Chicago teachers strike: Why Rahm Emanuel's court gambit may backfire (+video)
Mayor Rahm Emanuel and the Chicago Public Schools on Monday asked a court for a temporary injunction that would end the teachers strike immediately. They are taking a calculated risk that the move won't actually slow resolution of the conflict.
By turning to the courts to try to end the Chicago teachers strike, now in its second week, Mayor Rahm Emanuel is taking a calculated risk that the public will be on his side and that the move won't actually slow the resolution of the city's battle with the union.Skip to next paragraph
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The soonest the courts will take up the matter, however, is Wednesday, according to Cook County Circuit Court Judge Peter Flynn, who on Monday afternoon denied an immediate hearing of the city's request for a preliminary injunction that would end the strike immediately. That means students attending Chicago Public Schools are certain to be out of school Tuesday and perhaps longer.
The Chicago Public Schools, under the directive of Mayor Emanuel, had filed a complaint earlier Monday asking the court for a temporary restraining order and for the injunction, on the grounds that the strike is illegal under state law and presents “a clear and present danger to public health and safety,” according to court documents.
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The Chicago Teachers Union released a statement Monday that described Emanuel’s actions as “vindictive” and an “attempt to thwart our democratic process.”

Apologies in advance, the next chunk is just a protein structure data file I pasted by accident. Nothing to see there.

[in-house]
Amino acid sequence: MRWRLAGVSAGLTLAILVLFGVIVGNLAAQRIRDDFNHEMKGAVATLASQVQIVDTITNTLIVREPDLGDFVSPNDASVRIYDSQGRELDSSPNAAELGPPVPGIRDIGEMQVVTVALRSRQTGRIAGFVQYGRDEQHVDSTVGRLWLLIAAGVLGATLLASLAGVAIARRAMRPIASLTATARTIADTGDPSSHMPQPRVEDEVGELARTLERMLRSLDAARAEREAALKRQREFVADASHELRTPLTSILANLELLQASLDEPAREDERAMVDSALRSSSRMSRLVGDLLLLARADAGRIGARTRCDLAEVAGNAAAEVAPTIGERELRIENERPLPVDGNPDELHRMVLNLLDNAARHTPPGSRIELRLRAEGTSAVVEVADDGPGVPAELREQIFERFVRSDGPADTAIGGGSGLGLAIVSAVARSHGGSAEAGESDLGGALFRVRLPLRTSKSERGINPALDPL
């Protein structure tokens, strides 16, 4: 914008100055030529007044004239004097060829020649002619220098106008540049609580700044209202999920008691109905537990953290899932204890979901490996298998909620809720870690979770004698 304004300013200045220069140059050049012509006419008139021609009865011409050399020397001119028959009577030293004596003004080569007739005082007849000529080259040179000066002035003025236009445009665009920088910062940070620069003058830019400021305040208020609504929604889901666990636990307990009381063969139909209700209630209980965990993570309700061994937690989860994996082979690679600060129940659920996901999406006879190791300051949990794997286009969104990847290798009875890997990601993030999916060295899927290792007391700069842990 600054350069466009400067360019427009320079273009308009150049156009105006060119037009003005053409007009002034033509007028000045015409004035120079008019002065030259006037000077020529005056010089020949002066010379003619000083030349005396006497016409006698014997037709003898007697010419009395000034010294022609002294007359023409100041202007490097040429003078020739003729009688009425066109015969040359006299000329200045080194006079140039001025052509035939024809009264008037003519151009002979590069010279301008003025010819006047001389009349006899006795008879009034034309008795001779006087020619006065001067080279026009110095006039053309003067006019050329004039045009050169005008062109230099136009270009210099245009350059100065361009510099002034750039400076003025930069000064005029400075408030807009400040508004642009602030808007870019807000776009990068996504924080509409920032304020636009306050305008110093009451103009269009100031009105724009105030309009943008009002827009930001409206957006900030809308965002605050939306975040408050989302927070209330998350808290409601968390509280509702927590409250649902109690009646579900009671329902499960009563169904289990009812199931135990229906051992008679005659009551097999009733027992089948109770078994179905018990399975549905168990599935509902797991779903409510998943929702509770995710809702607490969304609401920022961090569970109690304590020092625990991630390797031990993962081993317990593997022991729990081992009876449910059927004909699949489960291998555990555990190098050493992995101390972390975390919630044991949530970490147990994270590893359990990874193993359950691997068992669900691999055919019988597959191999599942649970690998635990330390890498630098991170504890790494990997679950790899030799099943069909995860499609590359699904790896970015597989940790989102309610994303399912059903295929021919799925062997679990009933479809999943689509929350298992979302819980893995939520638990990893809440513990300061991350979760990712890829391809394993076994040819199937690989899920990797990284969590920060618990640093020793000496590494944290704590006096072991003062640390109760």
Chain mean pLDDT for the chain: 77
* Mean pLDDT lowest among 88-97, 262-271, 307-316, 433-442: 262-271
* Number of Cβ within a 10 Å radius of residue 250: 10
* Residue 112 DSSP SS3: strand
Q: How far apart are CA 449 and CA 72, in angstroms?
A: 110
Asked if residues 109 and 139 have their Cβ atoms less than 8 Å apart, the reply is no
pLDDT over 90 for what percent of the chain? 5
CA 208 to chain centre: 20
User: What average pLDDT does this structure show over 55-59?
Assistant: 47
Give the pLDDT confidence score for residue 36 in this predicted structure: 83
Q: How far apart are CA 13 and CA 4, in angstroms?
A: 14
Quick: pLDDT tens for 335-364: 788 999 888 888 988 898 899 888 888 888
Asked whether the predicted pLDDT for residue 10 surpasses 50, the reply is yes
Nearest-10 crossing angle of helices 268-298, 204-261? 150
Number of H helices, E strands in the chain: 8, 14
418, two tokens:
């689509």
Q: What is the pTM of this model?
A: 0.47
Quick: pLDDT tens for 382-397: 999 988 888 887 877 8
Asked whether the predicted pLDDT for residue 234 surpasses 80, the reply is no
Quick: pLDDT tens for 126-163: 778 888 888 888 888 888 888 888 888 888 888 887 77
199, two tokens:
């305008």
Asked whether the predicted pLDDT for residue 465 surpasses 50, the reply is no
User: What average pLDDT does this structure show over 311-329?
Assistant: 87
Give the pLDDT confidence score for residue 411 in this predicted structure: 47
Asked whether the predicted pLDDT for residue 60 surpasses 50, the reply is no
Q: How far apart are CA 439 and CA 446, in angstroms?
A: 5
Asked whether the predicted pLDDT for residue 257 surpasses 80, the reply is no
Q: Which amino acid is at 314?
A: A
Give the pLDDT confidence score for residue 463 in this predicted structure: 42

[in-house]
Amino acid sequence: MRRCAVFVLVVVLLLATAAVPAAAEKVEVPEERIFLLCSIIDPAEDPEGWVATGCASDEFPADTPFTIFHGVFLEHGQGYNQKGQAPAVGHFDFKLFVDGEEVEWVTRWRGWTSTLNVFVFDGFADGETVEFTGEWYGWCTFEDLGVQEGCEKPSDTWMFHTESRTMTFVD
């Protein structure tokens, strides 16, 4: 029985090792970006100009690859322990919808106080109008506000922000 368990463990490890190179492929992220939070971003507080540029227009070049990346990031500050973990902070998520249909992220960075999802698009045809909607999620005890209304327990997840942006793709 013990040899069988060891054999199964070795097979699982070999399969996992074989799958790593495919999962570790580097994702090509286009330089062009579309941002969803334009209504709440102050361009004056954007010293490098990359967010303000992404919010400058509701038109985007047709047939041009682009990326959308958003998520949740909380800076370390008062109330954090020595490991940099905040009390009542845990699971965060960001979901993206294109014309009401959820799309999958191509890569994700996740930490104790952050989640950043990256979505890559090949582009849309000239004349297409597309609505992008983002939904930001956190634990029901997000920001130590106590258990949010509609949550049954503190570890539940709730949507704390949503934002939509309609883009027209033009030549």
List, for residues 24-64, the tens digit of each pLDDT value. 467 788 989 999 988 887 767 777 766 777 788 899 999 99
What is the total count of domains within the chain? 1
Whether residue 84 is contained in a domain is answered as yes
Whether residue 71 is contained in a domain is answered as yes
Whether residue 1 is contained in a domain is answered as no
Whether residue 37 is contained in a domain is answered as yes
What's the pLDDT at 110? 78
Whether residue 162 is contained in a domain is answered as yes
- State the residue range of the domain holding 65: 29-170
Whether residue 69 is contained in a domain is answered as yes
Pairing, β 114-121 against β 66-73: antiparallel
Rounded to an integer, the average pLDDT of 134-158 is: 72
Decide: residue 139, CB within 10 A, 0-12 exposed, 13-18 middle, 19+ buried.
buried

The court strategy could backfire by aggravating the Chicago Teachers Union (CTU), whose delegates are currently considering the terms of a tentative contract.
“Both sides are in the middle of negotiations, where you are building a relationship of trust. What the mayor is trying to do is put his thumb on the scale … he’s moving a little too quickly," says Randolph McLaughlin, a labor lawyer and a professor at Pace University Law School in White Plains, N.Y. "If there is a division within the union that sees this as a heavy-handed tactic, it may push the union to a more aggressive position by continuing to strike, and that’s not very helpful.”
Emanuel has long had the option to ask the the court to intervene and end the strike, but he paused in the hope of settling the contract dispute at the negotiating table, say labor analysts. One likely reason for the pause was political: Media coverage of teachers being forced back to the classroom, or facing fines or jail time, would not help President Obama, Emanuel's former boss, for the November election.
But that changed late Sunday, when the teachers' union announced it had decided to extend the strike at least two more days to give delegates more time to review a contract agreement reached late Friday.
The announcement came as a surprise. Union leaders and Chicago Public Schools officials released statements over the weekend that children would most likely be back in school Monday. According to both sides, language in the contract just needed to be finalized over the weekend, resulting in a House of Delegates vote late Sunday afternoon.
That didn’t happen. Media accounts suggest internal strife within certain union factions. At a rally Monday, union president Karen Lewis said she was “tired of the lies and name-calling and vilification of the people who do the work every single day to make the difference in our children in Chicago’s lives.”
Emanuel released a statement Sunday that explained he would now turn to the courts, saying he “will not stand by while the children of Chicago are played as pawns in an internal dispute within a union.” He added that the union should allow school to proceed while it works out the details in formalizing the contract. He said he was taking the legal step so that children would not be in danger of falling further behind in their studies, a theme Emanuel has emphasized since the strike began Sept. 9.